Josh Meltzer joined the faculty in the School of Photographic Arts & Sciences at Rochester Institute of Technology in 2015 as an Assistant Professor where he teaches photojournalism and multimedia storytelling, including interactive storytelling. In 2020, Josh was awarded the Robin F. Garland Educator Award from the National Press Photographers Association for his strong dedication to his students and his commitment to community.
Before coming to RIT, he was first a Photojournalist-in-Residence and then an Assistant Professor teaching similar courses in the School of Media. A native of Athens, Georgia, Josh is a 1995 graduate of Carleton College in Minnesota and received his Masters in Multimedia Communications from the University of Miami in 2013.
In 2008, after 9 years as a staff photographer and multimedia journalist at The Roanoke Times in Roanoke, Virginia, Josh accepted a Fulbright Scholarship to photograph and teach in Mexico where he began working on a project about the migration of indigenous families within Mexico. A selection of his work from his Fulbright year won the Grand Prize Professional Award from Photophilanthropy in 2010. He completed this project in 2014 as part of his Master’s Thesis while at the University of Miami.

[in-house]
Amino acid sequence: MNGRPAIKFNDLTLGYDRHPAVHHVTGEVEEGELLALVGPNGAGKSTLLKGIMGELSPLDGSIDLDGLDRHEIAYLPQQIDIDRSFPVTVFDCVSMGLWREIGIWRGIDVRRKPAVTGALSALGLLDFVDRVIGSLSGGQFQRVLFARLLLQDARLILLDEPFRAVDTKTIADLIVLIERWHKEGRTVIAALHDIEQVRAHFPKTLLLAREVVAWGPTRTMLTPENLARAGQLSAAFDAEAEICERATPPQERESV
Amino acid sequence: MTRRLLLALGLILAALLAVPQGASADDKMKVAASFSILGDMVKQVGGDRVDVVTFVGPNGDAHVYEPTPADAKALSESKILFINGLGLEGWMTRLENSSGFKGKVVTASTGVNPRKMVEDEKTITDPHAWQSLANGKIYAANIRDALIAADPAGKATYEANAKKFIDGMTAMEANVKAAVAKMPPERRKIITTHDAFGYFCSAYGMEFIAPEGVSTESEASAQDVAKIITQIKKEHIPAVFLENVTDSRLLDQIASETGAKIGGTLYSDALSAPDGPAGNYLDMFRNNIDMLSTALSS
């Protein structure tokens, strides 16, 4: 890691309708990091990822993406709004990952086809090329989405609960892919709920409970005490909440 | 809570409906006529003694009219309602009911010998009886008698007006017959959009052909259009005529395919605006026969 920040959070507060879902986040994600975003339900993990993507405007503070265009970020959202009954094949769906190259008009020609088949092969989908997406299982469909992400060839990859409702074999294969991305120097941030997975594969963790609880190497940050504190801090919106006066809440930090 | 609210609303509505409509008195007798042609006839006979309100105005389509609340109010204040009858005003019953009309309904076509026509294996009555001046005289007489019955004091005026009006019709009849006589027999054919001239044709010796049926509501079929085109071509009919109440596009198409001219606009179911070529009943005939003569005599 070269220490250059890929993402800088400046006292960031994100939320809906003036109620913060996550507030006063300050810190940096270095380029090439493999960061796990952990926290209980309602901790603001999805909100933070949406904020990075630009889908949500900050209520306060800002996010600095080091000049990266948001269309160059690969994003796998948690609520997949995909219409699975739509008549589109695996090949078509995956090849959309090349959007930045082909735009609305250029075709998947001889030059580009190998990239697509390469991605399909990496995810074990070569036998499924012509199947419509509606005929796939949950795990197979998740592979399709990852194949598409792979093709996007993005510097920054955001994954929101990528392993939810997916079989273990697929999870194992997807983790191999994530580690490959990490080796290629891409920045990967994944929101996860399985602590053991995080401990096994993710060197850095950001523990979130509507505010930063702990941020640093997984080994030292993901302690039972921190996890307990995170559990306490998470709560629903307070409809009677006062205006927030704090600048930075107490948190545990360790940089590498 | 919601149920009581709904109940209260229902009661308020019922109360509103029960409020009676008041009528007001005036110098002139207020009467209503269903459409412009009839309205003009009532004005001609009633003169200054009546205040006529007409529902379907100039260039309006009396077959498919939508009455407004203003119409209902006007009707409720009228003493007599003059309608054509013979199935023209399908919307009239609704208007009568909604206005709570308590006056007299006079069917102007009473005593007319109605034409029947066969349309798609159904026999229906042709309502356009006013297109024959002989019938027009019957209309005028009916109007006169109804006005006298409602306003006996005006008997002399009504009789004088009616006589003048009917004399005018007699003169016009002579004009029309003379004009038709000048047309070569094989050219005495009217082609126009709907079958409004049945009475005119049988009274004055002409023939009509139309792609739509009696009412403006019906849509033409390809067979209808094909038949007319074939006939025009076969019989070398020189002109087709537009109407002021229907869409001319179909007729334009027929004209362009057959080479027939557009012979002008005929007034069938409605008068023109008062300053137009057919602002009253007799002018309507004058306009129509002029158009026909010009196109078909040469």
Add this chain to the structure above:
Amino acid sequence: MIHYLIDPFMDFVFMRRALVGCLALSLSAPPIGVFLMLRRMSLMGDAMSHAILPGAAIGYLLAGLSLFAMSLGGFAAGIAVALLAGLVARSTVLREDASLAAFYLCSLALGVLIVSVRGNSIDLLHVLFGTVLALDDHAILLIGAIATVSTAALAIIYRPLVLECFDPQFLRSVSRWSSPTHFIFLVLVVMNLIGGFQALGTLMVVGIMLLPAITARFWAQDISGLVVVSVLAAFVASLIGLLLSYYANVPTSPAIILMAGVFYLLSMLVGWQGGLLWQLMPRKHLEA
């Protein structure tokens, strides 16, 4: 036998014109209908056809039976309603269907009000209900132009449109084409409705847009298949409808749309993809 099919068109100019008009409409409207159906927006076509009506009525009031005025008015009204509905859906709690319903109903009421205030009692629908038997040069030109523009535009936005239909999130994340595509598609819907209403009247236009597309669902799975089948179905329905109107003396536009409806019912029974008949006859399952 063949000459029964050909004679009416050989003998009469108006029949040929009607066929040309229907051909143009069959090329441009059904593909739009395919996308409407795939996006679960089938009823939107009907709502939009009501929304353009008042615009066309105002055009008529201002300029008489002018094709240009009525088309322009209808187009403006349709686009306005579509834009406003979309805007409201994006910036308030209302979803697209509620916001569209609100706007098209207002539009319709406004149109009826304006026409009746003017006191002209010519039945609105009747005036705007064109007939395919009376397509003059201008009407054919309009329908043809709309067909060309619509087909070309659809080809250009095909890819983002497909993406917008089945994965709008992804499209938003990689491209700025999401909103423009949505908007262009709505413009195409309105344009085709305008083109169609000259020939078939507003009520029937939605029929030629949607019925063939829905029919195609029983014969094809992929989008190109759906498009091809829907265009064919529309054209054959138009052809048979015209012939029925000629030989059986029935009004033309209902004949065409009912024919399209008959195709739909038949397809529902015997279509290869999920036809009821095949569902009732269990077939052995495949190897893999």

He has been a co-coordinator and instructor with the Truth With A Camera workshops in Mexico, Ecuador and Bosnia and has served for several years on the staff of The Mountain Workshops and NPPA’s Multimedia Immersion.
His still and multimedia work has been recognized by the National Press Photographers Association’s (NPPA) Best of Photojournalism competition, where he was the 2006 Photojournalist of the Year for markets less than 115,000 circulation, Pictures of the Year International, which recognized a long-term project on those who care for the elderly with the Documentary of the Year award, KNPA, VNPA, Atlanta Photojournalism Competition, Northern and Southern Short Courses and the Society of Newspaper Design. He is also a recipient of the NPPA’s Humanitarian Award in 2012 and is a 2013 recipient of the Carnegie Hero Award.